The decision to walk away feels right. It doesn't always feel good and it doesn't always make sense (because maybe you don't have a backup plan), but it should feel solid. Usually it takes some courage. Sometimes it may not be accompanied by a next step. I think this can sometimes be simply due to the fact that, until you let one thing go, you don't have space or capacity to see something else. 

There's a pretty awesome episode of This American Life called "Self-Improvement." The first story is about a guy who decides to walk away. I thought I'd include it just for kicks. 

Poem of the day

Friday, December 28, 2012 by Rebecca , under

Personal

Don’t take it personal, they said;
but I did, I took it all quite personal—
.
the breeze and the river and the color of the fields;
the price of grapefruit and stamps,
.
the wet hair of women in the rain—
And I cursed what hurt me
.
and I praised what gave me joy,
the most simple-minded of possible responses.
.
The government reminded me of my father,
with its deafness and its laws,
.
and the weather reminded me of my mom,
with her tropical squalls.
.
Enjoy it while you can, they said of Happiness
Think first, they said of Talk
.
Get over it, they said
at the School of Broken Hearts
.
but I couldn’t and I didn’t and I don’t
believe in the clean break;
.
I believe in the compound fracture
served with a sauce of dirty regret,
.
I believe in saying it all
and taking it all back
.
and saying it again for good measure
while the air fills up with I’m-Sorries
.
like wheeling birds
and the trees look seasick in the wind.
.
Oh life! Can you blame me
for making a scene?
.
You were that yellow caboose, the moon
disappearing over a ridge of cloud.
.
I was the dog, chained in some fool’s backyard;
barking and barking:
.
trying to convince everything else
to take it personal too.
.

.
by Tony Hoagland

Another election

Saturday, November 3, 2012 by Rebecca , under

The election is coming up on Tuesday and I wanted to weigh in on some thoughts I've had.

After Obama got elected in 2008, I sort of fell asleep on politics.  Don't get me wrong, I'm sure I have had my fair share of grandstanding these last four years- gay marriage, the death of Osama bin Laden,  the arrest, prosecution and imprisonment of Tim DeChristopher, some of the more ridiculous (and terrifying) state attempts to ban abortion, the racism of pretty much EVERY law Arizona has passed in the past few years, etc.  But these awarenesses are mainstream- a passive receipt of knowledge with maybe a little action, repressed frustration, and the occasional blowup of emotion when the stupidity gets to be too much.  My reactions are tepid, fleeting, and shallow.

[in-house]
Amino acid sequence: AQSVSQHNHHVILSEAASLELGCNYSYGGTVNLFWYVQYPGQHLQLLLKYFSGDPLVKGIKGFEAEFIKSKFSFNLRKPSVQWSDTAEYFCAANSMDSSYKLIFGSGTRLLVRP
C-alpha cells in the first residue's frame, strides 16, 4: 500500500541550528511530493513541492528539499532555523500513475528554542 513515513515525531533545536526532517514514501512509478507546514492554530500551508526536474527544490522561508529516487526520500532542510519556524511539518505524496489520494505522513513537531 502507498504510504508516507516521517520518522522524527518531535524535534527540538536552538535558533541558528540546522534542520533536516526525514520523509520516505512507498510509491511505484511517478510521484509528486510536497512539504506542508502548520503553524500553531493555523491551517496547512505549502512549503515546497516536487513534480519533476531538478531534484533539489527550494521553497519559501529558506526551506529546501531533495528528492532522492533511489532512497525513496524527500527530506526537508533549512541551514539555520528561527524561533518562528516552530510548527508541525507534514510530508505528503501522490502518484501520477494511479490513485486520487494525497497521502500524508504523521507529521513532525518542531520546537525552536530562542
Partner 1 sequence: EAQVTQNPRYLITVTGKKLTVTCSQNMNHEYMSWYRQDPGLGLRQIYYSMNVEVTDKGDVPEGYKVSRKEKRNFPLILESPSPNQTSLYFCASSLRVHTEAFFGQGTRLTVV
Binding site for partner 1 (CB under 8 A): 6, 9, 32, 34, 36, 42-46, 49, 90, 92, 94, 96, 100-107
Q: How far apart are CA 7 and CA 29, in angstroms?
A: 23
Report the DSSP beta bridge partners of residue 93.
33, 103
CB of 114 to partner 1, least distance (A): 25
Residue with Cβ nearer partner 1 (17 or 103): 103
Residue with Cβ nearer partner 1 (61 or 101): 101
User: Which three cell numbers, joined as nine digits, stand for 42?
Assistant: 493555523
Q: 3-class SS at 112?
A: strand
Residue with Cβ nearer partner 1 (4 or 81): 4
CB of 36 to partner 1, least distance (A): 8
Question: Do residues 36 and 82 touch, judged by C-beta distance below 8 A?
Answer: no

Partly this may be due to disillusionment in general with the populace.  I think that happens as you get older and see more of the world.  It may also be due to the fact that I've been busy with school and work and have been traveling more and seemingly have less time for everything that I used to hold on to.  Mostly though, I think it's because, as a liberal, I did exactly the opposite of what I advocated in 2008: I assumed that Obama would do the right thing.

Here's what I said in 2008:


The problem is that, by declaring him [Obama] savior, we are essentially condoning this compromise for the long-term. We expect him to save us from ourselves, not acknowledging that we are creating a monster as he strives to attain that position. A mere man cannot be president. Barack Obama would never be president of the United States. He has to become an aggregate of the masses (the companies, the individuals, the 'demographics') in order to reach that spot and by the time he does it, he will have acquired all our worst characteristics in the process.

We can't give him a green light because without our voices, he will fail. Without our protests and our criticisms and our caution and our policing, he will become just another politician who got to the white house and proceeded to do a little good and a lot of harm. We can't go starry eyed on Obama because he needs us to save him from what he is becoming for our sakes.

He will disappoint. They all do. But, while he still has the capacity to listen (and I believe he does), it's important that we continue to remind him why we are voting for him, and why he has to reach a little farther and become a man again, in the most difficult job in the world.